Hampshire Cultural Trust

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Dawkins, Joseph

Another hairdresser of the same date based in Bell Street, Romsey. He is later listed as a "hairdresser and bird stuffer". The directories of 1896 and 1902 show him to be a hairdresser, still based in Bell Street. 

Reference: Kelsall, J E, Rev; Munn, Philip W: 1905: The Birds of Hampshire and the Isle of Wight: Witherby and Co.
'The late Dan Meinertzhagen wrote to the 'Field' in 1891 to record a specimen [of an Eagle Owl] killed at Paultons, near Romsey. He saw it in the shop of Mr Dawkins, the Romsey bird-stuffer and gives the following particulars. The extended wings measured 66 inches, on wing 30 ½ inches and the body 30 inches. It was a male, in winter plumage, had been about the place for a month, and had eaten 5 pheasants, which were kept in a pheasantry.'

Reference: The Hampshire Antiquary and Naturalist, 1892. Extract taken from The Hampshire Independent, April 18, 1891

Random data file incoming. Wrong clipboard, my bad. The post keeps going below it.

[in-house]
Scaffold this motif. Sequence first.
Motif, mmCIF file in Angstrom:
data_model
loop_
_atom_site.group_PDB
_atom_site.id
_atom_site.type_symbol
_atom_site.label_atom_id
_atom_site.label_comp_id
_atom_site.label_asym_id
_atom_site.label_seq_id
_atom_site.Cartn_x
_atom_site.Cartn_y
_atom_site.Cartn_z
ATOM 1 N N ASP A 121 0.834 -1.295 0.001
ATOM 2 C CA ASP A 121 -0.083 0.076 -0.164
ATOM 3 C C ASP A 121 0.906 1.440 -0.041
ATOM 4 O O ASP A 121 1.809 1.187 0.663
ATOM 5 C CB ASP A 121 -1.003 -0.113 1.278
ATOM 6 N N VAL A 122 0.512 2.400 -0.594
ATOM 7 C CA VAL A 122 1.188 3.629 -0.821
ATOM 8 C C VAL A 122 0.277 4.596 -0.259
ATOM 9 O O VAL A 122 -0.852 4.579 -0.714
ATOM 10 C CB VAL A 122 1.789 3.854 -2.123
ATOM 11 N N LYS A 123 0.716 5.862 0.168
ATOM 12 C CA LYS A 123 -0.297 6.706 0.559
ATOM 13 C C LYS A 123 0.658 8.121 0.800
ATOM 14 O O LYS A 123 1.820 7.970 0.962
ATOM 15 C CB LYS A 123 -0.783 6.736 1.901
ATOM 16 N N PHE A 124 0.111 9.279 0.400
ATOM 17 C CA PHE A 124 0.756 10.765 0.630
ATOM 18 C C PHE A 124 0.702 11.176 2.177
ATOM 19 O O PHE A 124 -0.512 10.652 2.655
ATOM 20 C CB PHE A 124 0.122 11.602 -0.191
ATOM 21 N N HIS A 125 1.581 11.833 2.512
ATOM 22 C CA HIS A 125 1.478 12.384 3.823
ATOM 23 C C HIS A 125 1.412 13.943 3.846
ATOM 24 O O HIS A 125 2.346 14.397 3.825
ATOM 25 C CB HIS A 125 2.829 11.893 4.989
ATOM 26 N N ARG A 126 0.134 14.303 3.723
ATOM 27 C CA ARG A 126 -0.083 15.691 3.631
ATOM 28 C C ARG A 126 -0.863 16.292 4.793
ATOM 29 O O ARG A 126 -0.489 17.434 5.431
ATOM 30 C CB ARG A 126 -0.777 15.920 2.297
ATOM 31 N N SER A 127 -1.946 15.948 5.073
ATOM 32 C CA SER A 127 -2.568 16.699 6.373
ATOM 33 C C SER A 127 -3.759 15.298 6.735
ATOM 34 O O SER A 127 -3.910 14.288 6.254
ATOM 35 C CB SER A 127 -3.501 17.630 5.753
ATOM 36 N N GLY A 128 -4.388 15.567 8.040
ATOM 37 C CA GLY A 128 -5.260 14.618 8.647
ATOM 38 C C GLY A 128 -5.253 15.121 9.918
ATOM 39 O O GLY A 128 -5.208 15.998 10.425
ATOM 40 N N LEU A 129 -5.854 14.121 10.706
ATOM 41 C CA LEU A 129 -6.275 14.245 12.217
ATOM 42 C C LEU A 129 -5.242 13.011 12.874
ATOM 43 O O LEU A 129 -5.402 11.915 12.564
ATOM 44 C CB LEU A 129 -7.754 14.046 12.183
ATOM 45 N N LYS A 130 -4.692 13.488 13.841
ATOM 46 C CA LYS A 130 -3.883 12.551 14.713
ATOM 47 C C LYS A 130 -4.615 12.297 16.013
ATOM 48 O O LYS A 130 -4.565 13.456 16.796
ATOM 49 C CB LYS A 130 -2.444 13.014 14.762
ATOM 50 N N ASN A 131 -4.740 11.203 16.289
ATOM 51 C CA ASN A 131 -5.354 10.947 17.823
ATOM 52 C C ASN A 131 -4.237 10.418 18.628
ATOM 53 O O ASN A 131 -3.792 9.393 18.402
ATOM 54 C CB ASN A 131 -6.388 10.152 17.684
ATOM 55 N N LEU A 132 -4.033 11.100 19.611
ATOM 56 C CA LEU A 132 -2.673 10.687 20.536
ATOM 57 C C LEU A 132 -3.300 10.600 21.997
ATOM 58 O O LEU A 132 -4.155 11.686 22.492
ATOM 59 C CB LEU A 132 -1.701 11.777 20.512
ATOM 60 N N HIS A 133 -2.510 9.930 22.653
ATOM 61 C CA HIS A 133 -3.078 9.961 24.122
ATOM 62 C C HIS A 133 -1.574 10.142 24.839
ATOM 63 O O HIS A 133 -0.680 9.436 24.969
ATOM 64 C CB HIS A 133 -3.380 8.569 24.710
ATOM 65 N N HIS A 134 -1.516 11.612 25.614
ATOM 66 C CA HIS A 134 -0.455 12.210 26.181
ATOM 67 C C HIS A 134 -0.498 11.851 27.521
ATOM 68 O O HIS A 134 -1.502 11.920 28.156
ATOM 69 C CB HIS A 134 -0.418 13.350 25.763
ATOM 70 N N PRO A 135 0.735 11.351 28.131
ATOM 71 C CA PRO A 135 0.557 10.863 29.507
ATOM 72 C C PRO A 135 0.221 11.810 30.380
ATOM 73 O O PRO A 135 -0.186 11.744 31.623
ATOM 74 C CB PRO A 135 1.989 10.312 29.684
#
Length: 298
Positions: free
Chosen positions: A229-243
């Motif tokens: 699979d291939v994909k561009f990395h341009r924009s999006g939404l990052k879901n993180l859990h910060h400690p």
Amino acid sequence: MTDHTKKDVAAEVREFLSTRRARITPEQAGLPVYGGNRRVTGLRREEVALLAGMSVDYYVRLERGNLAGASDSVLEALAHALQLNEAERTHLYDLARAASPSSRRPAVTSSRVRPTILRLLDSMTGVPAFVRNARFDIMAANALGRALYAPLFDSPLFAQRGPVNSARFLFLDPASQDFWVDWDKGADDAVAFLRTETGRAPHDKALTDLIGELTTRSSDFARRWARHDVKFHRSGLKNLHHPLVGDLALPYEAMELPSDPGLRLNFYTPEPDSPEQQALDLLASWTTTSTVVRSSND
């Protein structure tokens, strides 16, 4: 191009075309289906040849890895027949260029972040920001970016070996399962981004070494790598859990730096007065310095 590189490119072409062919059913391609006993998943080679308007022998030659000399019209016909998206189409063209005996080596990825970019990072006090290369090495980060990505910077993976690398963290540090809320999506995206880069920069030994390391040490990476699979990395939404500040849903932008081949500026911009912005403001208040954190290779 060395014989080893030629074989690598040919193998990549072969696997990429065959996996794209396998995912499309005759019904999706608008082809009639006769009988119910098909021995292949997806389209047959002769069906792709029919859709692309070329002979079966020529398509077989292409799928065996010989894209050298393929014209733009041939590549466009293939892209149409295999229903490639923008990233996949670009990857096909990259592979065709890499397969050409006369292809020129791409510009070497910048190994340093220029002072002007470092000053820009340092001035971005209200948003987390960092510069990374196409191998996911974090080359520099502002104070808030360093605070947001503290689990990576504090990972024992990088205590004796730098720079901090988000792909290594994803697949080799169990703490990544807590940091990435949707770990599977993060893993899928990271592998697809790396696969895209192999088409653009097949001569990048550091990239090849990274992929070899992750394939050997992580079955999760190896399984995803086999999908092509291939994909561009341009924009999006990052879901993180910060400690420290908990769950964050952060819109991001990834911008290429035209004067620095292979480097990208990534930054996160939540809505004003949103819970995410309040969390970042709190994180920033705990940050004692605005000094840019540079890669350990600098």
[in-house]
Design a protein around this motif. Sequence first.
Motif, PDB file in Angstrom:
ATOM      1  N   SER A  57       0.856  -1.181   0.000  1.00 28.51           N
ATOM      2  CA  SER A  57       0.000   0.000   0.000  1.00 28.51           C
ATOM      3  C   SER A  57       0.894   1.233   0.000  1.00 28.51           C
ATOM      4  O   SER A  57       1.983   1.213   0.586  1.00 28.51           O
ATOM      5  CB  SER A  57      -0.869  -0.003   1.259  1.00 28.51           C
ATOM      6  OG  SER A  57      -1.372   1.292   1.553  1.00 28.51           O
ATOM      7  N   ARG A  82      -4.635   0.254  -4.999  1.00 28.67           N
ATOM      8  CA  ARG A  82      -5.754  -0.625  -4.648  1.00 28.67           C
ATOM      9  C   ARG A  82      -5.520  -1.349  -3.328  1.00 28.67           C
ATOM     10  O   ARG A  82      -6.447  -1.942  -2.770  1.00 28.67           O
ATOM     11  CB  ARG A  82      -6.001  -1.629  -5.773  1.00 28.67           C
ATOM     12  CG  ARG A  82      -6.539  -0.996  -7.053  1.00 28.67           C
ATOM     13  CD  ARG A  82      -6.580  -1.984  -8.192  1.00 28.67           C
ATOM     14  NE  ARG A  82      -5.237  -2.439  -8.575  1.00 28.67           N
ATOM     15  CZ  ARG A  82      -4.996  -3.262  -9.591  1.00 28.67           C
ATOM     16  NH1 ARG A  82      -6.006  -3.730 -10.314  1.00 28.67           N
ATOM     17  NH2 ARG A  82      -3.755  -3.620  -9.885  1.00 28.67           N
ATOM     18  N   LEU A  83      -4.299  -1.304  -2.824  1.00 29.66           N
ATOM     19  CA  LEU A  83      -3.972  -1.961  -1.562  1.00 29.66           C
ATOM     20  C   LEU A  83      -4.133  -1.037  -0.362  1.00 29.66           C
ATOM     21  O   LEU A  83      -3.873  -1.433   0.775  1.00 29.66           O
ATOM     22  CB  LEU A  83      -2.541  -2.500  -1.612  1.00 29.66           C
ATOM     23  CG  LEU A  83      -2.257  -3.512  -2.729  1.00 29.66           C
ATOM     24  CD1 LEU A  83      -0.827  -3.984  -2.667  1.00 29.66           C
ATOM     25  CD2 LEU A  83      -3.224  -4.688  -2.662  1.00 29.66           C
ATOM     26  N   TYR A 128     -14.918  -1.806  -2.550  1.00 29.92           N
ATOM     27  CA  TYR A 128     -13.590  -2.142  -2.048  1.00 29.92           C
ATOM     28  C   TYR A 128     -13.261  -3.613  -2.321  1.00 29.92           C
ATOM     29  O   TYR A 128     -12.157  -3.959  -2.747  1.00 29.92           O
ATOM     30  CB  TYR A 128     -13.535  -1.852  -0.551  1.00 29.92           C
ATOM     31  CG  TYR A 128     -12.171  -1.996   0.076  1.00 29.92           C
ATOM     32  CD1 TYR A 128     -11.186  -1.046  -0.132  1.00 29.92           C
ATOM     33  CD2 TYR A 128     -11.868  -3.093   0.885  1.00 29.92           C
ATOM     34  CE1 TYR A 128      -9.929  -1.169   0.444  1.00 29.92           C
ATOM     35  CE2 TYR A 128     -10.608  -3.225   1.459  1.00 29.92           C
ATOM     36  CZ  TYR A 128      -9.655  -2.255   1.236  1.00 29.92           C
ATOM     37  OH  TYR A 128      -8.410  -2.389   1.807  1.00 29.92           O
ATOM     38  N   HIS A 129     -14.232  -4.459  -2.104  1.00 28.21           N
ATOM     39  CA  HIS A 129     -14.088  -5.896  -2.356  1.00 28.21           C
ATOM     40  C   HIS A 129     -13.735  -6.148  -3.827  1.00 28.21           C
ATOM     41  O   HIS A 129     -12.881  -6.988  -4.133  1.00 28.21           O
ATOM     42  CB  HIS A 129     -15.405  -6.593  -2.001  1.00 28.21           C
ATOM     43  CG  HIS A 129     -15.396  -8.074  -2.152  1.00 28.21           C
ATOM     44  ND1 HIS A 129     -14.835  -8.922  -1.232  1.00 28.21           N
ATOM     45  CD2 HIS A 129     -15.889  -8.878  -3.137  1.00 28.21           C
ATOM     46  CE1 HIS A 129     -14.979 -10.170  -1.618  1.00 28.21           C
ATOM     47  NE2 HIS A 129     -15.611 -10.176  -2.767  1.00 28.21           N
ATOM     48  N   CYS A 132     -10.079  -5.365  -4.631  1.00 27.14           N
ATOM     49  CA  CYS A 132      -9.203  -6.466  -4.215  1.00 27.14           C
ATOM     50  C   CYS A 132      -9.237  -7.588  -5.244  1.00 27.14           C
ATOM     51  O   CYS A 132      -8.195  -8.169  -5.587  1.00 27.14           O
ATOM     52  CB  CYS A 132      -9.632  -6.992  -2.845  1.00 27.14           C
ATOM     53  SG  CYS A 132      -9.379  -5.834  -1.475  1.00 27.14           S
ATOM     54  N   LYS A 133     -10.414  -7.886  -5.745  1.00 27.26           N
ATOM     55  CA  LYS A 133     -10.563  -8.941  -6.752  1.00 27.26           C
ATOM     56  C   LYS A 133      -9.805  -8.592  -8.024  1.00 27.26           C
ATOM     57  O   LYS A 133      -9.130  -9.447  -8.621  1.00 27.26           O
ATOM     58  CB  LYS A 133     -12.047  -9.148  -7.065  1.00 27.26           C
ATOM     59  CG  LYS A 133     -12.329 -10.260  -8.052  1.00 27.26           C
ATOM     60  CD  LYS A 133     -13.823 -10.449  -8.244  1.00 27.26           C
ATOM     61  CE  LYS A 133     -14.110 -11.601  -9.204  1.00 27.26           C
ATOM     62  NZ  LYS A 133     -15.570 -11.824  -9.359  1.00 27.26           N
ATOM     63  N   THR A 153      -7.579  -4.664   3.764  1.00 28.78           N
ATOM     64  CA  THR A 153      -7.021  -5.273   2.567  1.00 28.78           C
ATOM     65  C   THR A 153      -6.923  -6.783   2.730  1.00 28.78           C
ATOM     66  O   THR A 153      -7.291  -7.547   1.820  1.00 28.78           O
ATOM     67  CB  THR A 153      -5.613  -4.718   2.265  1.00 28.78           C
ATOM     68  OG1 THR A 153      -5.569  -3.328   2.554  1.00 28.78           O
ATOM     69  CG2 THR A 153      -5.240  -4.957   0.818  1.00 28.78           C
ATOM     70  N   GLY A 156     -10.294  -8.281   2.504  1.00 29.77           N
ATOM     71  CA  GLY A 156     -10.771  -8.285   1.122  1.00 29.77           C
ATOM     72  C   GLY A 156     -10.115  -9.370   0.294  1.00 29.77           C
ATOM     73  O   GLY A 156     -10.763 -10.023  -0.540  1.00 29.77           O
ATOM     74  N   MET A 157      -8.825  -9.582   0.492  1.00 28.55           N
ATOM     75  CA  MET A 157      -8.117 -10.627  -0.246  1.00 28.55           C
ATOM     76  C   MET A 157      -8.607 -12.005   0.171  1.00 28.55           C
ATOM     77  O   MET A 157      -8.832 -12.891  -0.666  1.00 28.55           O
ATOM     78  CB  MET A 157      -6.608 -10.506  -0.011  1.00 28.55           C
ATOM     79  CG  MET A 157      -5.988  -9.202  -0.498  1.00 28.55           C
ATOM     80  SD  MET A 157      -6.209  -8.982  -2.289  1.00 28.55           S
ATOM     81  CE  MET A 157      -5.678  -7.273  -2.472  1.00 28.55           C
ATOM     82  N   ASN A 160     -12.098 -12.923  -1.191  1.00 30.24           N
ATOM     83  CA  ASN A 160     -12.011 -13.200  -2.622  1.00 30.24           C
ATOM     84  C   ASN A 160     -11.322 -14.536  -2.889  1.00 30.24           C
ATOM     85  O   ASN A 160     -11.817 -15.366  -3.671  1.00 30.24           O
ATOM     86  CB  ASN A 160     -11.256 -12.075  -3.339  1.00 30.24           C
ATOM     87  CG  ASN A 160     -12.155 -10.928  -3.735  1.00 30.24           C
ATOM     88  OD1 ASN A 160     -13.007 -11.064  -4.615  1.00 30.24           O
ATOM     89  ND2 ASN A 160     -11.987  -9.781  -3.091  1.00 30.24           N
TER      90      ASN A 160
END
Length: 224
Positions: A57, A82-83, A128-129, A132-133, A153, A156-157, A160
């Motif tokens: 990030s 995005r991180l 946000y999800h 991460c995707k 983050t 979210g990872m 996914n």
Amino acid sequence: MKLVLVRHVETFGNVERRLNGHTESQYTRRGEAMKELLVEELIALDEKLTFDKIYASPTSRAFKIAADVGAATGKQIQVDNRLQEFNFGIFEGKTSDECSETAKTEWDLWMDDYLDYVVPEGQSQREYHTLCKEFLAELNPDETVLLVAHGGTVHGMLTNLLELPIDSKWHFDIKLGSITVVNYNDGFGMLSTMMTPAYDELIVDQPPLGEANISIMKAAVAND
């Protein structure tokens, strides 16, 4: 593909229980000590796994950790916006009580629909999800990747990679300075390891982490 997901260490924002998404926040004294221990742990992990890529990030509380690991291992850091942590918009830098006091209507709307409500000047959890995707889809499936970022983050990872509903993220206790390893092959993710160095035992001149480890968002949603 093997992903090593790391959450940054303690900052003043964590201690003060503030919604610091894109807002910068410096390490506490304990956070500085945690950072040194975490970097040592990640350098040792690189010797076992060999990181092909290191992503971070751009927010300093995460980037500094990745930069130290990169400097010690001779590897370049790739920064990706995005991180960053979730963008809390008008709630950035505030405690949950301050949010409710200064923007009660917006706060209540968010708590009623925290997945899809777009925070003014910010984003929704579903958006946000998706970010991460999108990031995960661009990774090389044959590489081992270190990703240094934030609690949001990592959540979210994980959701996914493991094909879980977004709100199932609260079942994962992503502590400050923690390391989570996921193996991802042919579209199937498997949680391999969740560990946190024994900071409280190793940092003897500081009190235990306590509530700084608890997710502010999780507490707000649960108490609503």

'For some time past the remains of tame pheasants have been discovered at Paultons, Romsey, but the identity of the destroyer was difficult to discover, till a trap was set, and resulted in the capture of a monster specimen of the Horned Eagle Owl, known chiefly in such localities as Norway, Russia and Hungary, but its finding is of rare occurrence in England and France. This specimen was only caught by the toes, and it seems a pity that it was not taken alive, but a stick being used to disable it, broke its back and ended its depredations. It measured five feet from tip to tip of its wing, and was in grand plumage. At present it is in the care of Mr. J. Dawkins, of Romsey, who is setting it up.'